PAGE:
Diversity, Equity and Inclusion

Welcome to Chemical Engineering’s Diversity, Equity and Inclusion (DEI) page. As people centered engineers we – faculty, staff, graduate, and undergraduate students – believe in cultivating a learning environment that honors the unique experiences of each individual.

We recognize that academic institutions have historically marginalized many minority communities. Institutions continue to perpetuate this marginalization. It is under this recognition that we are committed to investing in opportunities that help our community develop as allies and social justice driven individuals. As chemical engineers, our work is intimately woven into the fabric of our world’s social contexts, making it imperative that our community invests in diversity, equity, and inclusion efforts.

A truly equitable and inclusive society is made possible by personal devotion to DEI values. The committee strives to provide our community with resources and information to enrich our knowledge of DEI. 

DEI steering committee

As part of ChE’s investment into DEI, the DEI Steering Committee was created to oversee programs and initiatives related to the department’s development of DEI. We strive to help ChE advance as knowledgeable DEI practitioners by providing myriad DEI opportunities. If you have questions or concerns regarding DEI within the department, please contact the DEI Steering Committee at [email protected].


Lori Bolchalk
Assistant to the Chair
Isbel Enad Staff photo 2023
Isabel Enad
DEI Program Coordinator
image of Abha Kumari
Abha Kumari
Doctoral Student 
Grace Pizzini
Undergraduate Student
image of Rebecca K. Lindsey
Rebecca K. Lindsey
Assistant Professor
Chair of DEI Committee
Sasha Cai Lesher-Pérez
Sasha Cai Lesher-Pérez
Assistant Professor 

What does diversity, equity and inclusion (DEI) actually mean? 

ChE aligns our DEI efforts with the university’s campus wide definitions:


We commit to supporting increasing diversity, which is expressed in myriad forms, including race and ethnicity, gender and gender identity, sexual orientation, socioeconomic status, language, culture, national origin, religious commitments, age, (dis)ability status and political perspective.


We commit to working actively to challenge and respond to bias, harassment, and discrimination. We are committed to a policy of equal opportunity for all persons and do not discriminate on the basis of race, color, national origin, age, marital status, sex, sexual orientation, gender identity, gender expression, disability, religion, height, weight, or veteran status.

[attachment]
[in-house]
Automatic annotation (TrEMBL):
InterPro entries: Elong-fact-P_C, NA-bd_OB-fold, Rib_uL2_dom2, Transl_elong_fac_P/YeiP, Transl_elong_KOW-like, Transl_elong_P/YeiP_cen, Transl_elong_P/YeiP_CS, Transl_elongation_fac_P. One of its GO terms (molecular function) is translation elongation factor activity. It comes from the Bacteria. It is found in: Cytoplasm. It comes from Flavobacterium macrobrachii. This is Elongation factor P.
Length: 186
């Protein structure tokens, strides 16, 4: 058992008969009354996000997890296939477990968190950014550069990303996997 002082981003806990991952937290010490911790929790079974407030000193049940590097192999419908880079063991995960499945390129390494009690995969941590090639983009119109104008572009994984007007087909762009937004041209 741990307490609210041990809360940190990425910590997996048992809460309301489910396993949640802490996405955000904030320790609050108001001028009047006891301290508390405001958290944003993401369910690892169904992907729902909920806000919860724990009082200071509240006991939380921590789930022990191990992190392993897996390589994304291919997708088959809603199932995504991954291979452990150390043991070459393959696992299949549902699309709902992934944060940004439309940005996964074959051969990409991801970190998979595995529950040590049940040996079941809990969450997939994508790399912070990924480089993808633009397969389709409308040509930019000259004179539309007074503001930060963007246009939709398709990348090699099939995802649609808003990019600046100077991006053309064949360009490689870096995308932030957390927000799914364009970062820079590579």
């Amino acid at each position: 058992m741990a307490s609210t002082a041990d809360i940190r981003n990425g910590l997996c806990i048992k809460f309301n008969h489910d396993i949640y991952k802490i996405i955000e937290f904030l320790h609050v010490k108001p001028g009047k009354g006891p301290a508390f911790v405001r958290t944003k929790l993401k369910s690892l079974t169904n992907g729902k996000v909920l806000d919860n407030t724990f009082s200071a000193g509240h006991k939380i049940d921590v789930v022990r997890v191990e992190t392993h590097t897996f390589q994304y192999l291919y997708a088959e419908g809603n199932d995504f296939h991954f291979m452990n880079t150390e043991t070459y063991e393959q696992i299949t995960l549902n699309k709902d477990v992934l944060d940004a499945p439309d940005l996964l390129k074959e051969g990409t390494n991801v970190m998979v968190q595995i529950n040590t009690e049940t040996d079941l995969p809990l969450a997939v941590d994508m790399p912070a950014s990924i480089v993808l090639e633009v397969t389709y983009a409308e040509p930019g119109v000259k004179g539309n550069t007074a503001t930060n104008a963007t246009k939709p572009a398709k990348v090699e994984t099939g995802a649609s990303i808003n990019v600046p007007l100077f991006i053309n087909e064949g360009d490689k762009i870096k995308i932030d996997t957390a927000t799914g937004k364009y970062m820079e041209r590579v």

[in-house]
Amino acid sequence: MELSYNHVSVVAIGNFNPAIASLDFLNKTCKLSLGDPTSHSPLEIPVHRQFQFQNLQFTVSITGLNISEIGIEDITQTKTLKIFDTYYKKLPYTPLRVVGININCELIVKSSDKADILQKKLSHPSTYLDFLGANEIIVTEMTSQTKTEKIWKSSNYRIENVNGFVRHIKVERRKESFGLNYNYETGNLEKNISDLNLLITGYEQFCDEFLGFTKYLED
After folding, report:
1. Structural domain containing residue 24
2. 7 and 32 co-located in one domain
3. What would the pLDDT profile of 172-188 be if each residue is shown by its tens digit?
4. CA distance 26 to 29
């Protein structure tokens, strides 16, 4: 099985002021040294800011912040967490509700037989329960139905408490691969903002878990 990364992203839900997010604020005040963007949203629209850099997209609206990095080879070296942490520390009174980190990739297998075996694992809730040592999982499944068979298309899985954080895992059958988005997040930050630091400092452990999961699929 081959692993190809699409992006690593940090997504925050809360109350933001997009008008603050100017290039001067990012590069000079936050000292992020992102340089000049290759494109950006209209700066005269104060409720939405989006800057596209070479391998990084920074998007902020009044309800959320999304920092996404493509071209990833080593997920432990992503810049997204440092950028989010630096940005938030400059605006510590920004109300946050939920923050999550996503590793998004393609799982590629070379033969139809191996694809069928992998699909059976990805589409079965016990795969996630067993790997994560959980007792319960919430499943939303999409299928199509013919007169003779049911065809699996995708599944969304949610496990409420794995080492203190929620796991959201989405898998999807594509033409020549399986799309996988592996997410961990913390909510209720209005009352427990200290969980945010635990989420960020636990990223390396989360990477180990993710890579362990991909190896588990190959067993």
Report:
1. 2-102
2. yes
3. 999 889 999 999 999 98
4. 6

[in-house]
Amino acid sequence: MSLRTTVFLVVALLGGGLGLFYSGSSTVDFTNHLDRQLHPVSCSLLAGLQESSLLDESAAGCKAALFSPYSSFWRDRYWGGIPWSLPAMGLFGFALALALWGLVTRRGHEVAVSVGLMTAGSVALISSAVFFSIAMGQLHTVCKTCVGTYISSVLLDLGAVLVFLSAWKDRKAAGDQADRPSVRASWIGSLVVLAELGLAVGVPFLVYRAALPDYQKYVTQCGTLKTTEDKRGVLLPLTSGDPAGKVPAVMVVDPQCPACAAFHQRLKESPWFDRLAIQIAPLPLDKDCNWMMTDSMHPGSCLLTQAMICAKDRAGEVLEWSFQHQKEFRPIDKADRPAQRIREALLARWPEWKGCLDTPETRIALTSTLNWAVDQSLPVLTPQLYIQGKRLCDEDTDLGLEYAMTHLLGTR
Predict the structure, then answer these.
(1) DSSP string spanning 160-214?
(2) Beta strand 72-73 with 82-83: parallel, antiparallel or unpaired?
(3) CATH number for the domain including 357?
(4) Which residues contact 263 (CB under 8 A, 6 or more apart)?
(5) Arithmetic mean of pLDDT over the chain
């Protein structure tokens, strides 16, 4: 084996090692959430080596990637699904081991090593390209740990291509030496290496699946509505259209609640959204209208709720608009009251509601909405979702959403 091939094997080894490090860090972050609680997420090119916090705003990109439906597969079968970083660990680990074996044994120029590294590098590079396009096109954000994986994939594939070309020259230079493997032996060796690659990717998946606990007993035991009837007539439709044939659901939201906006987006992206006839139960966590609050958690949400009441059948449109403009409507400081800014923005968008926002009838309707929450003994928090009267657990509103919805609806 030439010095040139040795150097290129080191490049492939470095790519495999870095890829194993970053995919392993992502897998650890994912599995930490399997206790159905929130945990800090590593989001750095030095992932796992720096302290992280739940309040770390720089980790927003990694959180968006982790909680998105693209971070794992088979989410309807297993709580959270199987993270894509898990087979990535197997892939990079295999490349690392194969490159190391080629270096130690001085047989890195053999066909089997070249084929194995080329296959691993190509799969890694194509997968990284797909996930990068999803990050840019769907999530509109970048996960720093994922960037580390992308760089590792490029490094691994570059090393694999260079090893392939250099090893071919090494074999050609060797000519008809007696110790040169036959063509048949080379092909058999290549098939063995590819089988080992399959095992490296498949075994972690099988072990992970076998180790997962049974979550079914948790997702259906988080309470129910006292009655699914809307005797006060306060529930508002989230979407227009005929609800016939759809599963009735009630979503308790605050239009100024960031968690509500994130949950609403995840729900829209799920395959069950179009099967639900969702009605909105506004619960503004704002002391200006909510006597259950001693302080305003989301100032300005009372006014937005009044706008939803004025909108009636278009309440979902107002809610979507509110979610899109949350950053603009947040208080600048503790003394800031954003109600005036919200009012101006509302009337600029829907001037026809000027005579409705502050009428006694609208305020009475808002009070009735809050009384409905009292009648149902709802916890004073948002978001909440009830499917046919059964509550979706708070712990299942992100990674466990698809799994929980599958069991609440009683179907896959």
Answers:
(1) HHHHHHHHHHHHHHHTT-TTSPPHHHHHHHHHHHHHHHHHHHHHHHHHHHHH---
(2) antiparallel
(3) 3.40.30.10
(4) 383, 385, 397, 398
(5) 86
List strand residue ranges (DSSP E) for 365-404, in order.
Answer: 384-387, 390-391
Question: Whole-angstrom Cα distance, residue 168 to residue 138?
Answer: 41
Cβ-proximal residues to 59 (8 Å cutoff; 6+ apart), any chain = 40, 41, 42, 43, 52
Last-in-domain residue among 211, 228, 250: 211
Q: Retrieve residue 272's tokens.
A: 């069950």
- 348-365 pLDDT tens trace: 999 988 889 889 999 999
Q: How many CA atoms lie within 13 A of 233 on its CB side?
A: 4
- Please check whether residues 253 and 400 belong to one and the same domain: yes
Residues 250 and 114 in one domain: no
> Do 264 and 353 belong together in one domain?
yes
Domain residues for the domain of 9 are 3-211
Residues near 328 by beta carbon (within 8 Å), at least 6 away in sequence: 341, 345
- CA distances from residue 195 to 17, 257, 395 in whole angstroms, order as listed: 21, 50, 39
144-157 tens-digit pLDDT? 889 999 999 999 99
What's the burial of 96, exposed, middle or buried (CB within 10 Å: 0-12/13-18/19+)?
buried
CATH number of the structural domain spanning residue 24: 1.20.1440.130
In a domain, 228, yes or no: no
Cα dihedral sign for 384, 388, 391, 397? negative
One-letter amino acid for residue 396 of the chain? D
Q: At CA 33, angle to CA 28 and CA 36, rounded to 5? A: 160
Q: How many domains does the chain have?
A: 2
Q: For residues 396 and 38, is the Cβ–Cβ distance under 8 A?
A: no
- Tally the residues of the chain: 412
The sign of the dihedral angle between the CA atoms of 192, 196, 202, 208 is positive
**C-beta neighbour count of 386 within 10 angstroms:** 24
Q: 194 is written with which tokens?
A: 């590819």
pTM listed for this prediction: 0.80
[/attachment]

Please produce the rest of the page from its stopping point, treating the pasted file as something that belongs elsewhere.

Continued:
We commit to pursuing deliberate efforts to ensure that our campus is a place where differences are welcomed, different perspectives are respectfully heard and where every individual feels a sense of belonging and inclusion. We know that by building a critical mass of diverse groups on campus and creating a vibrant climate of inclusiveness, we can more effectively leverage the resources of diversity to advance our collective capabilities.

Land acknowledgment

The Department of Chemical Engineering acknowledges that the University of Michigan resides on indigenous lands coercively taken from the Anishinaabeg (including the Odawa, Ojibwe, and Bodewadmi) and Wyandot nations. In the 1817 Treaty of the Foot of the Rapids, also recognized as the treaty of Fort Megis, these nations ceded their land with the understanding that their children would be given educational opportunities. The promise of this treaty has not been fulfilled; nearly 130 years later, little to no Indigenous students have been enrolled at the university. The university continues to benefit from the proceeds and land acquired from this treaty. As members of both the engineering community and of the University of Michigan, we acknowledge the university’s violent history towards Indigenous peoples. We use these words of acknowledgement to reaffirm that the university resides on stolen land, and to propel us forward as informed, inclusive engineers.